When we first turned from under the D Train into the Bensonhurst chapel parking lot we knew it was something special. Leaving our ward is the saddest part of leaving New York for me. Bensonhurst is truly a ward family and we are pained as if really leaving our brothers and sisters. I've never felt so immediately and continually comfortable in a ward before and I contribute that to the undivided unity present, probably made possible by the small size and vast diversity among members. There are many converts, which also brings a refreshing approach to meetings and interesting variety to talks and testimony meetings. The ward exudes love and acceptance and I loved being part of it, and will miss that as we enter a larger and probably more "traditional" ward.My first calling was Relief Society secretary for a few months, then Primary president for a year. Then Ginger was born and I had a few months off, then was called as the Valiant teacher (8 to 11 year olds) and have been with them until this last week. So most of my time in the ward has been in the primary and I have completely loved it. Our second week in the ward the Soletas invited us to a birthday party for their then-6-year-old Shelly. Now Shelly is only a few weeks shy of nine years old, practically all grown up (far left in the picture), and she is just one of about 20 kids I have watched change and grow for three years. Here's a picture taken of my class this last Sunday. I'll miss them terribly. We've had a lot of fun and they know not to mess with me.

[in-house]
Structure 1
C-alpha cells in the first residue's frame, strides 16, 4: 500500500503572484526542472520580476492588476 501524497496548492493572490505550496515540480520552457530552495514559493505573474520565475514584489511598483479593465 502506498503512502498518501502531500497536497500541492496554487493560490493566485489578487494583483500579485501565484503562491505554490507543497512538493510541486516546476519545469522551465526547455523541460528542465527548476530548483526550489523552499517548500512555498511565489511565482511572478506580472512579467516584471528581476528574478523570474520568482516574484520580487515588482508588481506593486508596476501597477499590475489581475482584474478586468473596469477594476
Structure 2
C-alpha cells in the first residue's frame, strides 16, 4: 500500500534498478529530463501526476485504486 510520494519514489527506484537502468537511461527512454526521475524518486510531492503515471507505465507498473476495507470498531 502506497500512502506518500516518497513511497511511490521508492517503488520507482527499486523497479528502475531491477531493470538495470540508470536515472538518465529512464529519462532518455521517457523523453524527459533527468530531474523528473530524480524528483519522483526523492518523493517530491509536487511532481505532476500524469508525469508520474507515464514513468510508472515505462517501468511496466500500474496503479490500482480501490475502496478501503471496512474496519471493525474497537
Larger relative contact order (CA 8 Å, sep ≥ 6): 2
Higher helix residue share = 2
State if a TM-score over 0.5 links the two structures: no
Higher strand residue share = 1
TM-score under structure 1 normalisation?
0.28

Just over a year ago the moms of young kids in the ward started getting together for a weekly playgroup. We met at various parks in good weather, and at each others' houses in the winter. At church it can be hard to socialize, busy rushing off to classes or controlling your kids or running to catch the bus home. Playgroup provided a needed outlet - a way for us to get to know each other, talk about adult (and yes, sometimes kid) things, and provide and receive support in this crazy life of New York motherhood. And oh yeah, the kids liked it too. Last week at playgroup my friends presented me with a shutterfly book of pictures taken at playgroup, signed by all the moms like a yearbook. It meant more to me than I can say. I don't want to leave my friends and I really don't want Hazel to leave her friends - they're a tight group. We have solicited as many to come visit us as possible and I hope they come through. But in the meantime we will sorely miss our friends.